Colin Powell does not need more humiliation over the manifold errors in his February 2003 presentation to the UN. But yesterday a London jury brought down another section of the case he made for war - that Iraq and Osama bin Laden were supporting and directing terrorist poison cells throughout Europe, including a London ricin ring.
Yesterday's verdicts on five defendants and the dropping of charges against four others make clear there was no ricin ring. Nor did the "ricin ring" make or have ricin. Not that the government shared that news with us. Until today, the public record for the past three fear-inducing years has been that ricin was found in the Wood Green flat occupied by some of yesterday's acquitted defendants. It wasn't.
The third plank of the al-Qaida-Iraq poison theory was the link between what Powell labelled the "UK poison cell" and training camps in Afghanistan. The evidence the government wanted to use to connect the defendants to Afghanistan and al-Qaida was never put to the jury. That was because last autumn a trial within a trial was secretly taking place. This was a private contest between a group of scientists from the Porton Down military research centre and myself. The issue was: where had the information on poisons and chemicals come from?
The information - five pages in Arabic, containing amateur instructions for making ricin, cyanide and botulinum, and a list of chemicals used in explosives - was at the heart of the case. The notes had been made by Kamel Bourgass, the sole convicted defendant. His co-defendants believed that he had copied the information from the internet. The prosecution claimed it had come from Afghanistan.
I was asked to look for the original source on the internet. This meant exploring Islamist websites that publish Bin Laden and his sympathisers, and plumbing the most prolific source of information on how to do harm: the writings of the American survivalist right and the gun lobby.
The experience of being an expert witness on these issues has made me feel a great deal safer on the streets of London. These were the internal documents of the supposed al-Qaida cell planning the "big one" in Britain. But the recipes were untested and unoriginal, borrowed from US sources. Moreover, ricin is not a weapon of mass destruction. It is a poison which has only ever been used for one-on-one killings and attempted killings.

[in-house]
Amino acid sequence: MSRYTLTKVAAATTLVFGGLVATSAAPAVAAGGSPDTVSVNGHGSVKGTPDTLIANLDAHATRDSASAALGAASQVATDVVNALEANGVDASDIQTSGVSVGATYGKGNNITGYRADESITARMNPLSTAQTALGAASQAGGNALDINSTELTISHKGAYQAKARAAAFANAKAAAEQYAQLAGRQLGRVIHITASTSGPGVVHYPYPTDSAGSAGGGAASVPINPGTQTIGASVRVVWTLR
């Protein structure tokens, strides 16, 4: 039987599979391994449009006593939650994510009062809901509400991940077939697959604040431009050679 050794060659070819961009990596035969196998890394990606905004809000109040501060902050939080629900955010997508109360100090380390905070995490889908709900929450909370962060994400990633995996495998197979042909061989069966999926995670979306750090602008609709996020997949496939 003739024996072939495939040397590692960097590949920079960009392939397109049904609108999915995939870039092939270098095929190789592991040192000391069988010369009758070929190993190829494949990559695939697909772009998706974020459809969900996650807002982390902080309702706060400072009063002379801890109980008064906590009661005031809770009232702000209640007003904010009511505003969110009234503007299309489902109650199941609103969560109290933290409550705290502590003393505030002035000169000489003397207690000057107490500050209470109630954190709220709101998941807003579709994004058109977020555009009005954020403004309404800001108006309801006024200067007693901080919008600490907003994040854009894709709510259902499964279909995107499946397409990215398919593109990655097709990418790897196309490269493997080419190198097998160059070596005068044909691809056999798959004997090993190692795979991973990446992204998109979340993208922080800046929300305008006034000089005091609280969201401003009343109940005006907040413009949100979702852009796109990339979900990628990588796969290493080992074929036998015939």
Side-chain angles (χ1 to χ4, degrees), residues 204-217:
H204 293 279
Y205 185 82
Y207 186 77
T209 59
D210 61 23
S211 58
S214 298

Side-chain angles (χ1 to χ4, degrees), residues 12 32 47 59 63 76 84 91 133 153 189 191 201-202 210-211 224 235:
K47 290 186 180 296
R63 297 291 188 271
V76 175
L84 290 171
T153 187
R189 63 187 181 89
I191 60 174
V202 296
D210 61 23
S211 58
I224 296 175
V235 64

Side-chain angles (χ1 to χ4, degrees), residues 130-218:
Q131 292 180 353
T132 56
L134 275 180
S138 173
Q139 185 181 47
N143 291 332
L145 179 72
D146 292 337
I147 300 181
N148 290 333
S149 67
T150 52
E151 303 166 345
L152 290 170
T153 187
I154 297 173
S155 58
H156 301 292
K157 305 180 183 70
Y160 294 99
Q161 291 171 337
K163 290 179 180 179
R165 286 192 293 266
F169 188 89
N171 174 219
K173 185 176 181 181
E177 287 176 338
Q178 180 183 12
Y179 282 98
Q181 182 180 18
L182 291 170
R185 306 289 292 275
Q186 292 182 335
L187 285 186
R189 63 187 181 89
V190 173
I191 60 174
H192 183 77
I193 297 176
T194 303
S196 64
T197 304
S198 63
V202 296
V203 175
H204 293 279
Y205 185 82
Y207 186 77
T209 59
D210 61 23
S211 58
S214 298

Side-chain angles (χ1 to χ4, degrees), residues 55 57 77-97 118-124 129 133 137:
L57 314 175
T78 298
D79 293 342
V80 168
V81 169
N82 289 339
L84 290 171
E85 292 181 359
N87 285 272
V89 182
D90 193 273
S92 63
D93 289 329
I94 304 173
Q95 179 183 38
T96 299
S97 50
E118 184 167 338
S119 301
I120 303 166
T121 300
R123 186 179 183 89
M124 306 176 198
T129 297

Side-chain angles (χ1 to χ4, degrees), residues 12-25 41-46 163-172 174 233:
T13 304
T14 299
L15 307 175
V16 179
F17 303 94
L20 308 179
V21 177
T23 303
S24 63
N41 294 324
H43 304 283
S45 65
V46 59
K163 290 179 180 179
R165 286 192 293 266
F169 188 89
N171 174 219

If this was the measure of the destructive wrath that Bin Laden's followers were about to wreak on London, it was impotent. Yet it was the discovery of a copy of Bourgass's notes in Thetford in 2002 that inspired the wave of horror stories and government announcements and preparations for poison gas attacks.
It is true that when the team from Porton Down entered the Wood Green flat in January 2003, their field equipment registered the presence of ricin. But these were high sensitivity field detectors, for use where a false negative result could be fatal. A few days later in the lab, Dr Martin Pearce, head of the Biological Weapons Identification Group, found that there was no ricin. But when this result was passed to London, the message reportedly said the opposite.
The planned government case on links to Afghanistan was based only on papers that a freelance journalist working for the Times had scooped up after the US invasion of Kabul. Some were in Arabic, some in Russian. They were far more detailed than Bourgass's notes. Nevertheless, claimed Porton Down chemistry chief Dr Chris Timperley, they showed a "common origin and progression" in the methods, thus linking the London group of north Africans to Afghanistan and Bin Laden.
The weakness of Timperley's case was that neither he nor the intelligence services had examined any other documents that could have been the source. We were told Porton Down and its intelligence advisers had never previously heard of the "Mujahideen Poisons Handbook, containing recipes for ricin and much more". The document, written by veterans of the 1980s Afghan war, has been on the net since 1998.
All the information roads led west, not to Kabul but to California and the US midwest. The recipes for ricin now seen on the internet were invented 20 years ago by survivalist Kurt Saxon. He advertises videos and books on the internet. Before the ricin ring trial started, I phoned him in Arizona. For $110, he sent me a fistful of CDs and videos on how to make bombs, missiles, booby traps - and ricin. We handed a copy of the ricin video to the police.